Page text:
A magpie flies low and fast across the paddock, through the early morning sunlight, crosses close to the verandah and disappears. I don’t know where it lands, but I can hear the harsh, demanding call of its youngster somewhere nearby. Those magpies have invested a lot in that lanky, scruffy kid. For weeks now the family’s been foraging in the front paddock, and before that the parents would have been feeding the chick in the nest; before that, incubating; before that, nest-building. What else do they do with their lives? When do they finally push the youngster away — when they’re about to start the process all over again?
Is that all there is to a magpie’s life? The irresistible imperative to reproduce, to replace itself? To what extent might it be said that a magpie thinks, rather than responds to some kind of inchoate urge — the wordless voice that says this is what I must do, feed the child, protect it, ensure its survival until it, too, might reproduce?
A month or so ago I walked down the short distance down the road to Tokeawa Stream
. I counted the crushed remains of three fledgling magpies on the tarmac, and the enormity of what those flattened forms represented struck me hard. All that effort, wasted. All that potential, gone — none of those three would ever know the joy of harassing hawks (I anthropomorphise, I admit); none would ever know the delicious warmth of morning sun after a cold winter’s night, the brief ecstasy of mating, the appeasement of that urge to raise one’s own young.
In a sense, though, those deaths were necessary, or the world would be overrun by magpies. Still, ... I wonder... One can argue whether what’s good for the many outweighs what’s good for the one, but what’s irrefutable is that the two are sometimes irreconcilable.
I sit here, writing at the kitchen table, thinking about magpies and the lives of animals. A kahu
flies with slow wingbeats over the corner of the paddock; the early, warm sun lights its body and the underside of its wings.
A pale, faded blue sky behind; the tough, sparsely-leafed branches of the lacebark below. A tui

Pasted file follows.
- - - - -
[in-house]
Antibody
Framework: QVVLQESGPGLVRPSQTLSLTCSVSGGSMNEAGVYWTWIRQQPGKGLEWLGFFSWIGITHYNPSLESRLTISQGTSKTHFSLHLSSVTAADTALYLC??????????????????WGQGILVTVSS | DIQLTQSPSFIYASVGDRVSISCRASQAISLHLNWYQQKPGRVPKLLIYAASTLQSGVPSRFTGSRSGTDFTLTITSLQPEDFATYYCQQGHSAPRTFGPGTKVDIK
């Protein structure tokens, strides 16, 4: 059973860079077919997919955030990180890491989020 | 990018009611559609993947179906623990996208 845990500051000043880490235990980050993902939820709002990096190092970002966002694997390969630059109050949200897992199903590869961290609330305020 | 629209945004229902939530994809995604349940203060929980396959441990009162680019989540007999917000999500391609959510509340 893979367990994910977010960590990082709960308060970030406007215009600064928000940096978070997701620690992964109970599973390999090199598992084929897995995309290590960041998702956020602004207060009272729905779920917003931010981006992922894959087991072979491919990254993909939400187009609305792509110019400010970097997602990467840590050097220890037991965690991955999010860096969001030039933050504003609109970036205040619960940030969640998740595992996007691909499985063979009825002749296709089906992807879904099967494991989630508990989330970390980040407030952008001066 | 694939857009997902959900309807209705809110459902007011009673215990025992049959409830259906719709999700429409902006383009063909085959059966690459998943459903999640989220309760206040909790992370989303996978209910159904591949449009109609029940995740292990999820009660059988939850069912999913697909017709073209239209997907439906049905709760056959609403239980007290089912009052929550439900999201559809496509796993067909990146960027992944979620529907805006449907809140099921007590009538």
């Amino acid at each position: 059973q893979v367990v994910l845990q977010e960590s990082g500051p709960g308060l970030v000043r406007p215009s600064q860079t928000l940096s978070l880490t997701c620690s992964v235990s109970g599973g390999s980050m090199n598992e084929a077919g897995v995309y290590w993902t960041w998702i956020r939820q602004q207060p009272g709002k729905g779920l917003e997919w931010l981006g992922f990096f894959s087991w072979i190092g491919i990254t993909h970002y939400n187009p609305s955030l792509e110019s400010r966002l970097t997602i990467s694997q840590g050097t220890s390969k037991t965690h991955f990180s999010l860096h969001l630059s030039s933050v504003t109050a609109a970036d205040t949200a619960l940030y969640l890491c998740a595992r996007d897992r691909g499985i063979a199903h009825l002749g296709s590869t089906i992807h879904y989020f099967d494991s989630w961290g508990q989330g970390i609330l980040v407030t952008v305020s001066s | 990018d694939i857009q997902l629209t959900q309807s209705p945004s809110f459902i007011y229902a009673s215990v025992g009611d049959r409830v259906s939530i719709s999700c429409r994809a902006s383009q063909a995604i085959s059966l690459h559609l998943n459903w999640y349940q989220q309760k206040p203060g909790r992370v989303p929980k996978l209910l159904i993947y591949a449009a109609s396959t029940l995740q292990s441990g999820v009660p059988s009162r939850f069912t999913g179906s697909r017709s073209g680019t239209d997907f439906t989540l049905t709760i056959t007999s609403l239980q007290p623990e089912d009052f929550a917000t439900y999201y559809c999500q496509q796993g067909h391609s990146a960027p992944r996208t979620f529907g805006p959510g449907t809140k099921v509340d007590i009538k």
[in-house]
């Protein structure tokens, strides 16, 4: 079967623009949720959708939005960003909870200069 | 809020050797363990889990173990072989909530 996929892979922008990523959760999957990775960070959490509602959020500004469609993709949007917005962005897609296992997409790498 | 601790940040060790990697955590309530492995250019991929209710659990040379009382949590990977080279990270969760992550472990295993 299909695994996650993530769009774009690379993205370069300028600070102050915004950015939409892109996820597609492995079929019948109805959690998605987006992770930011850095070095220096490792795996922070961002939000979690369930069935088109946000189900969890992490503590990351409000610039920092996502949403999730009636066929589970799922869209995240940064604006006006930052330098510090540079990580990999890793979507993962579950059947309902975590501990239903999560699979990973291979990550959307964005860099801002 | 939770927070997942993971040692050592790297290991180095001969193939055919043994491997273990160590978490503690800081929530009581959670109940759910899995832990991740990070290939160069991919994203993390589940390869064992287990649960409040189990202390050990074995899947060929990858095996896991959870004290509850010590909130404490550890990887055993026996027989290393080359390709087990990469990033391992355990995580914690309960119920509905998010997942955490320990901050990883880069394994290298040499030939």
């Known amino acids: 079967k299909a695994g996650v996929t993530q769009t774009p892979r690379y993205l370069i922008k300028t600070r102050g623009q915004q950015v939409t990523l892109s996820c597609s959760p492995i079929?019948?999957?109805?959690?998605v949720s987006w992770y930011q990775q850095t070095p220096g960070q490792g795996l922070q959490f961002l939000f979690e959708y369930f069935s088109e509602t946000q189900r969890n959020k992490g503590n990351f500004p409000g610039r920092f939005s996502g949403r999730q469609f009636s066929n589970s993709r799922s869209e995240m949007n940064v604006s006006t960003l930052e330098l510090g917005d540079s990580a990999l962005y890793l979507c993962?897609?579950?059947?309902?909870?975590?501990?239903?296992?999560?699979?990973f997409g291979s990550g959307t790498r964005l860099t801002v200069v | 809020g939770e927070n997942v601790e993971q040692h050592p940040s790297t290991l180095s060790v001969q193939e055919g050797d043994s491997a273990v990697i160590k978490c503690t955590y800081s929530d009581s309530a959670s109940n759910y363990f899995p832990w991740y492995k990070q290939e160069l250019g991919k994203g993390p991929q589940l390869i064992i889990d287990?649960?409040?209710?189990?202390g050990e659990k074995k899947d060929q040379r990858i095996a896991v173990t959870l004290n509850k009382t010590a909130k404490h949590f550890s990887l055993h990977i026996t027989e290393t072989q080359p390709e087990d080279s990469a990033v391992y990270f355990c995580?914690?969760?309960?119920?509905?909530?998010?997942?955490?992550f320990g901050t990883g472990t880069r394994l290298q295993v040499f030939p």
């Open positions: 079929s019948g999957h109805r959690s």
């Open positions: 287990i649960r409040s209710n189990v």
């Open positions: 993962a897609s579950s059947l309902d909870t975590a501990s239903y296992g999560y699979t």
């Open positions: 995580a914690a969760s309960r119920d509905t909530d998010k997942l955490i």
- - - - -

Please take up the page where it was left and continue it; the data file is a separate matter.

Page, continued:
sprints across in the other direction, fast and noisy, and two swallows swoop and jink close to the house. Several starling families forage in the thin paddock where the wiry seedheads of ryegrass and the bolting Californian thistle patch signify the arrival of summer. The starlings move restlessly with that typical jerky movement and those sudden changes of direction as if they’re constantly distracted by another morsel: that one, just over there — or maybe there! Like magpies, their young have calls that could hardly be described as complex, let alone melodious, and I wonder whether all young birds have that same characteristic — they need only one call: “Feed me!” — and whether or to what extent they learn their adult songs or discover their ability to sing. Moreover, to what extent are these birds, or any animal for that matter, aware of their own imperatives beyond the urge to answer them?
I wonder — perhaps the characteristic that most sets we humans apart from all other animals is the awareness of our own thoughts, which in turn enables us to wonder. If so, perhaps Salman Rushdie got it right when he argued that doubt is a central condition of human beings
, and perhaps conviction and self-assurance might not be the virtues they’re so often claimed to be.
I wonder about awareness in the lives of magpies and others.
I wonder — is it a blessing or a curse?